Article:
Good question.

Last but certainly not least, Ed Morrissey:

Some on Twitter now call this a “Pearl Harbor” in cyberspace, but that may actually undersell the damage that we now know the US took in the hack on the Office of Personnel Management. On one hand, no one’s been killed; the US lost 2,403 lives and another 1,178 wounded in that battle. Within months or even weeks, the US had repaired much of the damage and went on offense in the eastern Pacific. In this attack, the damage to more than 2 million federal employees is permanent and irreparable….

Meanwhile, the news cycle moves on, and this story has made barely a ripple.

#CLAHomeworkAssignment 6/11/15: ‘Too Much Information, Much of It Lies: Welcome to the Web’

Another great piece by one of the best conservative/libertarian writers out there, Charles C.W. Cooke at National Review: “Too Much ‘Information,’ Much of It Lies: Welcome to the Web”:

“Orwell,” Postman reflected, “feared those who would deprive us of information.” Huxley, by contrast, “feared those who would give us so much that we would be reduced to passivity and egoism.” The likely consequences of these prognostications were, necessarily, divergent. “Orwell feared that the truth would be concealed from us,” Postman submitted. But “Huxley feared the truth would be drowned in a sea of irrelevance.”….

But, as Huxley anticipated, man is flawed, his appetite for distraction is infinite, and his interest in discernment is limited by his lust for feeling. “An unexciting truth,” Huxley noted in Brave New World Revisited, “may be eclipsed by a thrilling falsehood,” especially in such circumstances as that truth’s being disseminated across a medium that is “concerned in the main neither with the true nor the false, but with the unreal, the more or less totally irrelevant.”

Read the rest here.

I’d like to thank all the little people…

…who made my inclusion on this list possible.

Fistbump for stout reading comprehension skills,

Unmatched Socks Tied To Racism

LOS ANGELES (AP) — Researchers at the prestigious Center For Studies Studies have concluded that unmatched socks are the result of racism.

HortonFrogbottomThe phenomenon of unmatched socks–the tendency, over time, of sock drawers to fill up with unpaired hosiery–has long baffled scientists, said Horton W. Frogbottom, spokesperson for the Center.

“We thought Erwin Schrödinger pretty much had this nailed down,” he said, referring to the famous Schrödinger’s Sock Drawer thought experiment. “It looks like we were over-thinking the whole problem.”

Indeed. Researchers discovered that, as with the overwhelming majority of unpleasant things in life, the underlying cause was the seemingly unrelated issue of the antipathy of white people toward non-whites.

“We missed the whole racism nexus because it just didn’t occur to us to make the connection. Probably because we really can’t stand non-white people,” Frogbottom said.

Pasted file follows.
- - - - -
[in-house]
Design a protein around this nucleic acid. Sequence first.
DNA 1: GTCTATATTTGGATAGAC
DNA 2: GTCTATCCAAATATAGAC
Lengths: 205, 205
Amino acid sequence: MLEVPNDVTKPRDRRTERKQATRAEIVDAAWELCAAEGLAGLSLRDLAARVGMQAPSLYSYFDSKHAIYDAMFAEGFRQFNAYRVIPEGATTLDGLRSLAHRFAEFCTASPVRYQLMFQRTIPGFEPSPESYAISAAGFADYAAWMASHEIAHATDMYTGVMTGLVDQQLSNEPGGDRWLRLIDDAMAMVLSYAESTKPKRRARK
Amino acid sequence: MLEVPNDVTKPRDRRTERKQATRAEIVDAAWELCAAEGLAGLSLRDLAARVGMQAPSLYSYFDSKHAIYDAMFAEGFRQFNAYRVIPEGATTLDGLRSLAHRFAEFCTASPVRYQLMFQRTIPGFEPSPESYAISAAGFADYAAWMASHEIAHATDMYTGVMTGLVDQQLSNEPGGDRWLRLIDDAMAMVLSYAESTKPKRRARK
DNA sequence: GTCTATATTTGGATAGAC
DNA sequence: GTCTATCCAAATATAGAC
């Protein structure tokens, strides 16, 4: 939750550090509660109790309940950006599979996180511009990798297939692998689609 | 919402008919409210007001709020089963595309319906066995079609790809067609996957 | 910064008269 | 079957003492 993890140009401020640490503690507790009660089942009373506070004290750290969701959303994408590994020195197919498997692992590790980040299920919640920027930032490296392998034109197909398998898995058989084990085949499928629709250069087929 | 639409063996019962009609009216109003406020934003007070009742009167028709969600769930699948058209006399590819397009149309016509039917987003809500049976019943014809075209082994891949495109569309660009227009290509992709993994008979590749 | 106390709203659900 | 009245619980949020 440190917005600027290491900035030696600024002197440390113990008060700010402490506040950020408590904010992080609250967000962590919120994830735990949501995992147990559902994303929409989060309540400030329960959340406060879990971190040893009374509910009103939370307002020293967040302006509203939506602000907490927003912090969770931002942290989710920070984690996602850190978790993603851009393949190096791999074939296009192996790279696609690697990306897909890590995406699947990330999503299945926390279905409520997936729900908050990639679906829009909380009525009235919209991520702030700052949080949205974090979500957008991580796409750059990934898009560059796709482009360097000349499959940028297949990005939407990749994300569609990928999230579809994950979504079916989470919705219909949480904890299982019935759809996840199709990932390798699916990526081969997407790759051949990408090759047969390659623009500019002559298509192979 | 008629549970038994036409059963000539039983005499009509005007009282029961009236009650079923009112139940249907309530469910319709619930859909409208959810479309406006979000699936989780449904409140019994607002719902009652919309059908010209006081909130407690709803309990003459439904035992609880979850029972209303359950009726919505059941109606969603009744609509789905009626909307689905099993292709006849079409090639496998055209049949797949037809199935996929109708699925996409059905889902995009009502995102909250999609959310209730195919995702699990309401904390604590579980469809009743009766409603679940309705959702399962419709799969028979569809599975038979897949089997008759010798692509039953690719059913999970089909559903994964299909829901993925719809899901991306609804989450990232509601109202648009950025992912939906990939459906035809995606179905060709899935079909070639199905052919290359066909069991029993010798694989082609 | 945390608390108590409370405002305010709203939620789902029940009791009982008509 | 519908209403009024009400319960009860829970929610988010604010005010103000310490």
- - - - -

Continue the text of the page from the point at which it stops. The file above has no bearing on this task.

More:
#CLAHomeworkAssignment 6/7/15: The Socialist Roots of Nazism

A good overview from Daniel Hannan: “Leftists become incandescent when reminded of the socialist roots of Nazism”:

Goebbels never doubted that he was a socialist. He understood Nazism to be a better and more plausible form of socialism than that propagated by Lenin. Instead of spreading itself across different nations, it would operate within the unit of the Volk….

Jonah Goldberg has chronicled the phenomenon at length in his magnum opus, Liberal Fascism. Lots of people take offence at his title, evidently without reading the book since, in the first few pages, Jonah reveals that the phrase is not his own. He is quoting that impeccable progressive H.G. Wells who, in 1932, told the Young Liberals that they must become “liberal fascists” and “enlightened Nazis.”

Read the rest here.

#CLAHomeworkAssignment 6/6/15: ‘Satan’s Spokesman’

From the Washington Free Beacon comes “Satan’s Spokesman: Review: Peter Longerich’s ‘Goebbels: A Biography'”:

There’s a strange perfection to anti-Semitism. It fulfills the dream of complete explanation. Opens the way to absolute action. Unlocks the gates that bar ordinary people from the final madness of themselves. What more could you want from an intellectual drug? To the question of why history remains imperfect, it gives an answer: the Jews. To the question of why society is unsettled, it gives an answer: the Jews. To the question of why we personally have been kept from the power and acclaim we deserve, the Jews. The Jews. Always the damned Jews—the mystical cause of our unhappiness and unfulfillment. Anti-Semitism is an amphetamine, a barbiturate, and a hallucinogen, all in one….

This is why we must not indulge college protestors when they denounce the Jews. Just study the life of Joseph Goebbels—the spoilt priest, failed academic, and weak artist who found in the strange perfection of anti-Semitism everything he needed to will himself into evil.

Read the rest here.